Discussion led by abolitionist organizers Aree Worawongwasu and Noelle Kakimoto from the Hawaiʻi Abolition Collective. Abolishing prisons, policing, and the military are heated topics with easily manipulated definitions, so Aree and Noelle explained what abolitionists truly want and why these goals are beneficial for everyone. Starting with a quick background on how abolition developed, Aree and Noelle lead audiences into today’s movements for community safety, accountability, and healing outside of the inherently racist and punitive legal system. They shared influences from revered abolitionists like Mariame Kaba and Ruth Wilson Gilmore and present possibilities of what a Hawaiʻi without prisons, policing, and the military will look like.

Aree Worawongwasu’s bio:
Aree Worawongwasu (อารีรัตน์ วรวงศ์วสุ) is a Mon Teochew Thai community organizer, cultural worker, and educator from Bangkok. She is a member of Hawaiʻi Abolition Collective and a PhD student at the University of Hawai’i at Manoa, where she is a teaching assistant in Indigenous Studies and Ethnic Studies. She is the Director of Communications for the Afro-Asia Working Group and a technician for Dark Laboratory, a collective for Black and Indigenous relationality. As a diasporic Indigenous woman, Aree is deeply committed to and in solidarity with the movement for Hawaiian self-determination.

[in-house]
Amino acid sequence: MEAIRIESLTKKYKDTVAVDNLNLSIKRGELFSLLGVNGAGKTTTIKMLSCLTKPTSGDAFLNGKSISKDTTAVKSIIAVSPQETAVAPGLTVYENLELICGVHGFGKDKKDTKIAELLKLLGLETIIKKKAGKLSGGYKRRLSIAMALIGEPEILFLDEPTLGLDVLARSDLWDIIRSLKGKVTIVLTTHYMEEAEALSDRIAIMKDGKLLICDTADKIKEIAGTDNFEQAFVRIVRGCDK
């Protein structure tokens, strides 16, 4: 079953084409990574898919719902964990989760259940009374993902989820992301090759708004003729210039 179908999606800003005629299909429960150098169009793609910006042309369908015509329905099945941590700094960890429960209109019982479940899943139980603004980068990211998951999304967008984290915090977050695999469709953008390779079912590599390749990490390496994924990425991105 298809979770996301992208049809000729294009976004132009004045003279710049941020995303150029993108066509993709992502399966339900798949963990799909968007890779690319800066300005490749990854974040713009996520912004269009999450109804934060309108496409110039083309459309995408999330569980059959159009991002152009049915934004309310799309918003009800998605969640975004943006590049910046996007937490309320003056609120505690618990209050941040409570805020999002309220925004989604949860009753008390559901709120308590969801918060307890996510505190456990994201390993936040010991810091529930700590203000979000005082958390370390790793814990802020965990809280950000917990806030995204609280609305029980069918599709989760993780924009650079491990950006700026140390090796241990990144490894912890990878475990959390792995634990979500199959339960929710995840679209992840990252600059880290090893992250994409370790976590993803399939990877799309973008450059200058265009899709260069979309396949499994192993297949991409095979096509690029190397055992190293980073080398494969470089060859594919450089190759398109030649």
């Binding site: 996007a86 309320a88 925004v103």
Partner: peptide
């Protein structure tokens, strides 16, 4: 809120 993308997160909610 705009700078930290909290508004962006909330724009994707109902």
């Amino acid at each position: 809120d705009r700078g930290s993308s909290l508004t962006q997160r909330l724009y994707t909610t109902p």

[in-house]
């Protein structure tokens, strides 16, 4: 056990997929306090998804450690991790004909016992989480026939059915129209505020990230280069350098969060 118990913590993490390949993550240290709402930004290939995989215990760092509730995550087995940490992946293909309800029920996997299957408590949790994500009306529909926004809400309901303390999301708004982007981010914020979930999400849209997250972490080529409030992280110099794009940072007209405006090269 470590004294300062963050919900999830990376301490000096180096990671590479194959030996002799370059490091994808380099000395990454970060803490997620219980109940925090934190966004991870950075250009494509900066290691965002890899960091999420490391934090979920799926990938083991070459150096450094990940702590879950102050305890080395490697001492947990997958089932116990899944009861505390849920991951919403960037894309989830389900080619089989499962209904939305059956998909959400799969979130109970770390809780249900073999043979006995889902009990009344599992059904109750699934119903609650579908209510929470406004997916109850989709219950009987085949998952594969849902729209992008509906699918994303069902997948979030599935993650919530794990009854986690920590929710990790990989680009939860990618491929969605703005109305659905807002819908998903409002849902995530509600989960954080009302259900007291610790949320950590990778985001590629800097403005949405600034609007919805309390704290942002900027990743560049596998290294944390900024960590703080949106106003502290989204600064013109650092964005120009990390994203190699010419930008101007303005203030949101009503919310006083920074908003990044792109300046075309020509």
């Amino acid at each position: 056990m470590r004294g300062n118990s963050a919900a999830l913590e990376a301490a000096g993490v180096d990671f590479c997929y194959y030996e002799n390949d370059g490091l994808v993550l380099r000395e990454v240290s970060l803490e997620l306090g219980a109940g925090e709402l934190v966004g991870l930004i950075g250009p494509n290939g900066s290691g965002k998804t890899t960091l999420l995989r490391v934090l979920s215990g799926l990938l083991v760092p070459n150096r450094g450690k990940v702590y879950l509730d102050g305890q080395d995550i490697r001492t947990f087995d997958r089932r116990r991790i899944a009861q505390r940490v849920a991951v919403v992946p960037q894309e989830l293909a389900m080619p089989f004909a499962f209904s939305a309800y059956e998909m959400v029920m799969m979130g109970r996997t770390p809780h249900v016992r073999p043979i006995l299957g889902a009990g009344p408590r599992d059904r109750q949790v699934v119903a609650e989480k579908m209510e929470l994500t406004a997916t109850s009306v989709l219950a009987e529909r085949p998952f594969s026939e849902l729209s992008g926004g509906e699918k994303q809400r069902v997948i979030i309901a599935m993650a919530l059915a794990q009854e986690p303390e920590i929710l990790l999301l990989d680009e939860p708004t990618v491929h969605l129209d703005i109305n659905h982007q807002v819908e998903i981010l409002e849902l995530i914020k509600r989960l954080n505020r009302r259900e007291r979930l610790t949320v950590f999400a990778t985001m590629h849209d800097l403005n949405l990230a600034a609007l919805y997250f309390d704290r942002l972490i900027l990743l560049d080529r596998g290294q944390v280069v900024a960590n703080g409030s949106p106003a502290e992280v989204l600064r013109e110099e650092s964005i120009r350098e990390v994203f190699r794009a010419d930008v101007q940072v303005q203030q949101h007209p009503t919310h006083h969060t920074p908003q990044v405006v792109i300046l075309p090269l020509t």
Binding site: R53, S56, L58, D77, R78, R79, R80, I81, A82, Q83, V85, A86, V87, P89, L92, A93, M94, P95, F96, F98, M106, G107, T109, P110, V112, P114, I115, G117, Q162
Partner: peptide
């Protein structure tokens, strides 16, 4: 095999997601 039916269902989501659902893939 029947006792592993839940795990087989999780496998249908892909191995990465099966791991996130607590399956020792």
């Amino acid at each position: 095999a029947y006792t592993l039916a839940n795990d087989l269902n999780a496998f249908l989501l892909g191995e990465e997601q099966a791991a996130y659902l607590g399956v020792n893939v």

Noelle Kakimoto’s bio:
Noelle Kakimoto is a Kanaka Maoli organizer and writer born and raised in Honolulu. She is a co-founder of the Hawaiʻi Abolition Collective and is on the board of Hawaiʻi Peace and Justice in her free time, and she works for the Office of the Public Defender as an Appellate Legal Clerk and a freelance sports writer at the Honolulu Star-Advertiser. Noelle is passionate about building abolitionist futures in Hawaiʻi and she wants to establish connections between Hawaiians and other communities in our shared struggles. Her goal is to do reentry work with people who are released from prison.